Saw VI: “I got a rock”
I’ve been getting a jump start on a few of the films playing AFI Fest which kicks off on Friday so I didn’t make it to any new releases this weekend. Stay tuned for some thoughts on Terry Gilliam’s The Imaginarium of Doctor Parnassus, the Cannes hits Fish Tank and Police, Adjective, Argentina’s submission for the Foreign Language Oscar The Secret in Their Eyes plus of course whatever else I manage to catch at the festival itself.
Meanwhile, there were a couple of interesting developments at the weekend box office. Despite being in nearly 1,100 fewer theaters, Paranormal Activity held its Friday edge and clobbered Saw VI, raking in an estimated $22 million vs. $14.8 million. The weekend pushes Paranormal over $62 million while netting Saw less than half of what each of the last four installments have debuted with. It’s a steep drop off for a franchise that has shown eroding audience interest over the last few years. Though its production budget estimated at $11 million is roughly a thousand times Paranormal Activity, it’s still very cheap by movie standards. Saw VI will make money and speculation about the franchise’s demise is premature.
Still, it has to be a little disconcerting to Lionsgate which has been able to use the Saw films to reliably print money over the years. This time however, they didn’t do anything to set the new film apart from the other five. There was no compelling reason to see it right away and it couldn’t stand up to competition from a highly buzzed Halloween alternative. Watch now as the other studios comb the landscape looking for another challenger for next Halloween while Lionsgate regroups and tries to figure out how to breathe new life into their moneymaker. UPDATE: It should come as no surprise to anyone that the bean counters are already salivating over a possible sequel to Paranormal Activity.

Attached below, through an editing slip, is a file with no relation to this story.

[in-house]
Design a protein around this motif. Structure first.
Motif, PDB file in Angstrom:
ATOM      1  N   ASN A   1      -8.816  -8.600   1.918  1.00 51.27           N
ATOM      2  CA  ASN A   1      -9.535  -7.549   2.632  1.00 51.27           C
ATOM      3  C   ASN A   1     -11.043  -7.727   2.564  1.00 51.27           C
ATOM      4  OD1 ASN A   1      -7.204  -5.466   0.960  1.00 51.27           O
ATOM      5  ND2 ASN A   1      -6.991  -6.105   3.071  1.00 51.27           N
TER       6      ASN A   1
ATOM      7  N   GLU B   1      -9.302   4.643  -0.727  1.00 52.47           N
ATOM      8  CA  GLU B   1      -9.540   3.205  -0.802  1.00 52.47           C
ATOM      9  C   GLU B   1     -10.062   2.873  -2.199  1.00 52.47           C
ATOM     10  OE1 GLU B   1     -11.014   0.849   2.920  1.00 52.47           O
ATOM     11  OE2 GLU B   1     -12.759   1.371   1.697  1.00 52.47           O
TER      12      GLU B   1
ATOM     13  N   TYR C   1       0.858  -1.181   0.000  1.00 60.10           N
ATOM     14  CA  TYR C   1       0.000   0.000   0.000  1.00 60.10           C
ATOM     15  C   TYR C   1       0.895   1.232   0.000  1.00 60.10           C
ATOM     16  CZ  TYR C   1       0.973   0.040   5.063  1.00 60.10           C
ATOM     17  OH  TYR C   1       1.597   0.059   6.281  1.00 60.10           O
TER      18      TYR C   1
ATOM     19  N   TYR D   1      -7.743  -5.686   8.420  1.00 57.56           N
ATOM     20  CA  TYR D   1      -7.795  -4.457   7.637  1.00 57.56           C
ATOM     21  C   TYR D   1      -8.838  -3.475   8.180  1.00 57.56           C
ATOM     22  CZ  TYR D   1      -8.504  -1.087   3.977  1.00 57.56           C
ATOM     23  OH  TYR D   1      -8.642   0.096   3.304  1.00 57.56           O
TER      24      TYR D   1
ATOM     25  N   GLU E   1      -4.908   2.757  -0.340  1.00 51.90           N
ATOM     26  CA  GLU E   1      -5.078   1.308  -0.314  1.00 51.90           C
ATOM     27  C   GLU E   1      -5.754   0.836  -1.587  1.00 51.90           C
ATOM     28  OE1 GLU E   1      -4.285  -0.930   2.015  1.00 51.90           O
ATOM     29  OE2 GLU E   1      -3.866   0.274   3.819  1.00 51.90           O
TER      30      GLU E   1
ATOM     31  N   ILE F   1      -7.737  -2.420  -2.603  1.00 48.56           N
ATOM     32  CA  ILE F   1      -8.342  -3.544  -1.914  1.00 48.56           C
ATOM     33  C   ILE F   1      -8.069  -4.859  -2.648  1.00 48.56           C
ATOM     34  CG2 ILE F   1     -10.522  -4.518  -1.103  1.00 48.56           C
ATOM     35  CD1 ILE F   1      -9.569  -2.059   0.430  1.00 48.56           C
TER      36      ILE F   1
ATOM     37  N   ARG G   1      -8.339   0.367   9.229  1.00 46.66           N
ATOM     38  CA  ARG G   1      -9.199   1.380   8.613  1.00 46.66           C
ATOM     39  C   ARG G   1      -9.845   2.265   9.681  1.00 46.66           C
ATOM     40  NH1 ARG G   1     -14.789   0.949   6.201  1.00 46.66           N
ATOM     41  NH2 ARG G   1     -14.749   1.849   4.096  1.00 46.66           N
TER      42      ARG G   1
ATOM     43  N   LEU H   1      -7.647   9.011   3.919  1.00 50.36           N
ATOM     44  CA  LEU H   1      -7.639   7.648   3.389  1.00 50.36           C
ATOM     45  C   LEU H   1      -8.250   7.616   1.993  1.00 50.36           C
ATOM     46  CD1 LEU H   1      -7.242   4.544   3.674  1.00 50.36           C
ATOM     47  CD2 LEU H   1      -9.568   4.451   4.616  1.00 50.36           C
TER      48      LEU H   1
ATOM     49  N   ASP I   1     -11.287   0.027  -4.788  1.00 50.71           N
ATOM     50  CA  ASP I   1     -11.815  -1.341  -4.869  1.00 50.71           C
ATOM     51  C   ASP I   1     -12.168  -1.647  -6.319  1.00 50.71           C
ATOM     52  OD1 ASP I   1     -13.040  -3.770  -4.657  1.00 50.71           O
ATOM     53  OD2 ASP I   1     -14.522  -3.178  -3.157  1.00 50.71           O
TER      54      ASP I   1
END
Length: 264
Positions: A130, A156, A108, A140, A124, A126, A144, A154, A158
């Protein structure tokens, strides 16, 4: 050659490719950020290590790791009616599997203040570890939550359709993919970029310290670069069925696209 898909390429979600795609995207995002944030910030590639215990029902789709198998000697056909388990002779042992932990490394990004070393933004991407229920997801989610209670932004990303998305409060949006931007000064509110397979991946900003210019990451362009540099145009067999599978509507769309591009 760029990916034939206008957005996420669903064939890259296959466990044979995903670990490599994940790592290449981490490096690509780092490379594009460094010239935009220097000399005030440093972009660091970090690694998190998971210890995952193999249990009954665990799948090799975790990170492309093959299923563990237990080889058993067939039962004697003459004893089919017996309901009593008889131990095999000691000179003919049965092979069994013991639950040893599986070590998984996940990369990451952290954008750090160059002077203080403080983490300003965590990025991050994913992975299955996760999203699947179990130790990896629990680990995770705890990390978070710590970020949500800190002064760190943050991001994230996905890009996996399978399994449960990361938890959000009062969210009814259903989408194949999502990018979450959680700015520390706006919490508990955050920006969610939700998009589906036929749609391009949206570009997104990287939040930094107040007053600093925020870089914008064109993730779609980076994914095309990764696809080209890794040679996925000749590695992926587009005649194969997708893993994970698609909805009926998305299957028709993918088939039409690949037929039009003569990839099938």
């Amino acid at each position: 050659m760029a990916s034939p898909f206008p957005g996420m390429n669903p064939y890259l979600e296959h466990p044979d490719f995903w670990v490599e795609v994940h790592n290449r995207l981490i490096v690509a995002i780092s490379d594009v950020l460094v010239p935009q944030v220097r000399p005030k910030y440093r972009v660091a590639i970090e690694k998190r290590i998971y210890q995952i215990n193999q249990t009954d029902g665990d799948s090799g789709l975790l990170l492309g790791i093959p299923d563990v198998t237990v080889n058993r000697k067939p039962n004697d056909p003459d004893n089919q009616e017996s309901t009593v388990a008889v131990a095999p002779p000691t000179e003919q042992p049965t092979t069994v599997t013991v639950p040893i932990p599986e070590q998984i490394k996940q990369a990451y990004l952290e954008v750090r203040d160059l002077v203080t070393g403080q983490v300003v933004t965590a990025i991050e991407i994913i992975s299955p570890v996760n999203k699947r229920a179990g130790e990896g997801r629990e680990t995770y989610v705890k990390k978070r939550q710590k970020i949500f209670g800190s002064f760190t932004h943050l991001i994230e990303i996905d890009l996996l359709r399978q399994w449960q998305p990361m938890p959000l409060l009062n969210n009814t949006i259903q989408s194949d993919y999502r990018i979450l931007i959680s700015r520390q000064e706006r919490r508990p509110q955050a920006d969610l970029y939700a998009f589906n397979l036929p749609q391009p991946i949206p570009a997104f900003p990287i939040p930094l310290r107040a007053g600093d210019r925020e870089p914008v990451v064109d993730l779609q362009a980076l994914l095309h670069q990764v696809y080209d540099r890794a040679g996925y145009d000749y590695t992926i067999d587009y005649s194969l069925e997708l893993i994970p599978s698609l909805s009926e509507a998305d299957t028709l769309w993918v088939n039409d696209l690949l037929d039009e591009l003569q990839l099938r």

The other big story is Amelia. I’ll avoid making the easy headline jokes about the failure of $40 million film to find an audience. Suffice it to say they’re numerous. With a dismal $4 million from 818 theaters, it couldn’t even crack the top 10 for the weekend and a film that was once an intriguing Oscar prospect is now a footnote.
In other box office news, word got out that Where the Wild Things Are wasn’t really a family movie and it fell off nearly 56% from last weekend. It’s a shame that one of the better movies of the year will struggle to make its money back, but it’s doing better than last year’s Speed Racer, another expensive Warner Bros. film that looked like it was for families yet really wasn’t.
Also, Lars Von Trier’s Antichrist earned a solid though unspectacular average of $12,000 per theater in 6 locations. It’s a film likely to do the best in the largest markets so it’s probably all downhill from here. Hoping to capitalize on the controversy the film stirred up at assorted film festivals, IFC tried to turn it into something of a horror cult hit, but that strategy appears not to have panned out. Love it or hate it, the film never really had a chance to appeal to more than a niche audience so IFC should probably be pleased with how it did.
That’s enough talk about what other people saw this weekend. What about you?
Filed under: The Watercooler